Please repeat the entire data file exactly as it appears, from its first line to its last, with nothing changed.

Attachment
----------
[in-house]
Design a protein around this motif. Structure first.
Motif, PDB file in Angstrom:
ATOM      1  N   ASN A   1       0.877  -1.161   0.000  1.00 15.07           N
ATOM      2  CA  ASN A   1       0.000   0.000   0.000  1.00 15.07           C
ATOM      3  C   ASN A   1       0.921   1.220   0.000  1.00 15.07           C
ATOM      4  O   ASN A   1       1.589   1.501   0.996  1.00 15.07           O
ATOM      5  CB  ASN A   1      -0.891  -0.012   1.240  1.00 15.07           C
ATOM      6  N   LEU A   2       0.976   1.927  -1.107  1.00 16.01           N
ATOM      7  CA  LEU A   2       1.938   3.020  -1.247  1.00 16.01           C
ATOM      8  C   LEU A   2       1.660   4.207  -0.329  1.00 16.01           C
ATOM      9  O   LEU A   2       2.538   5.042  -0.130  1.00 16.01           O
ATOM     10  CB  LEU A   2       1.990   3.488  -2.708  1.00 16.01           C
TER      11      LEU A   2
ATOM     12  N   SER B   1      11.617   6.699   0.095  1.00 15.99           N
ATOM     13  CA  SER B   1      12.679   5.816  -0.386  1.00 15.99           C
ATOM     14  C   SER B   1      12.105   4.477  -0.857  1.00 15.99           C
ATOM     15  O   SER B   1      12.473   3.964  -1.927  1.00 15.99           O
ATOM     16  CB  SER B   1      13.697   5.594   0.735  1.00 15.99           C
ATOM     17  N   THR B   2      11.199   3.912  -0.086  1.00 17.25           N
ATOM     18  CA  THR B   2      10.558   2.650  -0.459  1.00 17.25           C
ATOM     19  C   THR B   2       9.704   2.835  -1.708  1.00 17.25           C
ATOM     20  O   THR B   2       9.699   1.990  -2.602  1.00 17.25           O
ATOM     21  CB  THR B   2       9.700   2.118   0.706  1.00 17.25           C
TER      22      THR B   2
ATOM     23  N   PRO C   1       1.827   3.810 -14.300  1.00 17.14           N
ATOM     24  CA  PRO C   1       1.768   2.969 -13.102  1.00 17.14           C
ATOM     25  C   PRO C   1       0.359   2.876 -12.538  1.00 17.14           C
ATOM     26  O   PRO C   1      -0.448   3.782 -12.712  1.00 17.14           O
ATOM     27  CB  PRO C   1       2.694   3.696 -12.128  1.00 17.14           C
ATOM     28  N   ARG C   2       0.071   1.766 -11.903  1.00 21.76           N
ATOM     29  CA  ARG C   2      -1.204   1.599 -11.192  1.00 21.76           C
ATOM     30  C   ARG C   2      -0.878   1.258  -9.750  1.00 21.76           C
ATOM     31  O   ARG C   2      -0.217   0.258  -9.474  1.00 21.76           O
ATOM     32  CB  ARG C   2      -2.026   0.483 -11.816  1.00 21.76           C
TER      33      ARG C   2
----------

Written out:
[in-house]
Design a protein around this motif. Structure first.
Motif, PDB file in Angstrom:
ATOM      1  N   ASN A   1       0.877  -1.161   0.000  1.00 15.07           N
ATOM      2  CA  ASN A   1       0.000   0.000   0.000  1.00 15.07           C
ATOM      3  C   ASN A   1       0.921   1.220   0.000  1.00 15.07           C
ATOM      4  O   ASN A   1       1.589   1.501   0.996  1.00 15.07           O
ATOM      5  CB  ASN A   1      -0.891  -0.012   1.240  1.00 15.07           C
ATOM      6  N   LEU A   2       0.976   1.927  -1.107  1.00 16.01           N
ATOM      7  CA  LEU A   2       1.938   3.020  -1.247  1.00 16.01           C
ATOM      8  C   LEU A   2       1.660   4.207  -0.329  1.00 16.01           C
ATOM      9  O   LEU A   2       2.538   5.042  -0.130  1.00 16.01           O
ATOM     10  CB  LEU A   2       1.990   3.488  -2.708  1.00 16.01           C
TER      11      LEU A   2
ATOM     12  N   SER B   1      11.617   6.699   0.095  1.00 15.99           N
ATOM     13  CA  SER B   1      12.679   5.816  -0.386  1.00 15.99           C
ATOM     14  C   SER B   1      12.105   4.477  -0.857  1.00 15.99           C
ATOM     15  O   SER B   1      12.473   3.964  -1.927  1.00 15.99           O
ATOM     16  CB  SER B   1      13.697   5.594   0.735  1.00 15.99           C
ATOM     17  N   THR B   2      11.199   3.912  -0.086  1.00 17.25           N
ATOM     18  CA  THR B   2      10.558   2.650  -0.459  1.00 17.25           C
ATOM     19  C   THR B   2       9.704   2.835  -1.708  1.00 17.25           C
ATOM     20  O   THR B   2       9.699   1.990  -2.602  1.00 17.25           O
ATOM     21  CB  THR B   2       9.700   2.118   0.706  1.00 17.25           C
TER      22      THR B   2
ATOM     23  N   PRO C   1       1.827   3.810 -14.300  1.00 17.14           N
ATOM     24  CA  PRO C   1       1.768   2.969 -13.102  1.00 17.14           C
ATOM     25  C   PRO C   1       0.359   2.876 -12.538  1.00 17.14           C
ATOM     26  O   PRO C   1      -0.448   3.782 -12.712  1.00 17.14           O
ATOM     27  CB  PRO C   1       2.694   3.696 -12.128  1.00 17.14           C
ATOM     28  N   ARG C   2       0.071   1.766 -11.903  1.00 21.76           N
ATOM     29  CA  ARG C   2      -1.204   1.599 -11.192  1.00 21.76           C
ATOM     30  C   ARG C   2      -0.878   1.258  -9.750  1.00 21.76           C
ATOM     31  O   ARG C   2      -0.217   0.258  -9.474  1.00 21.76           O
ATOM     32  CB  ARG C   2      -2.026   0.483 -11.816  1.00 21.76           C
TER      33      ARG C   2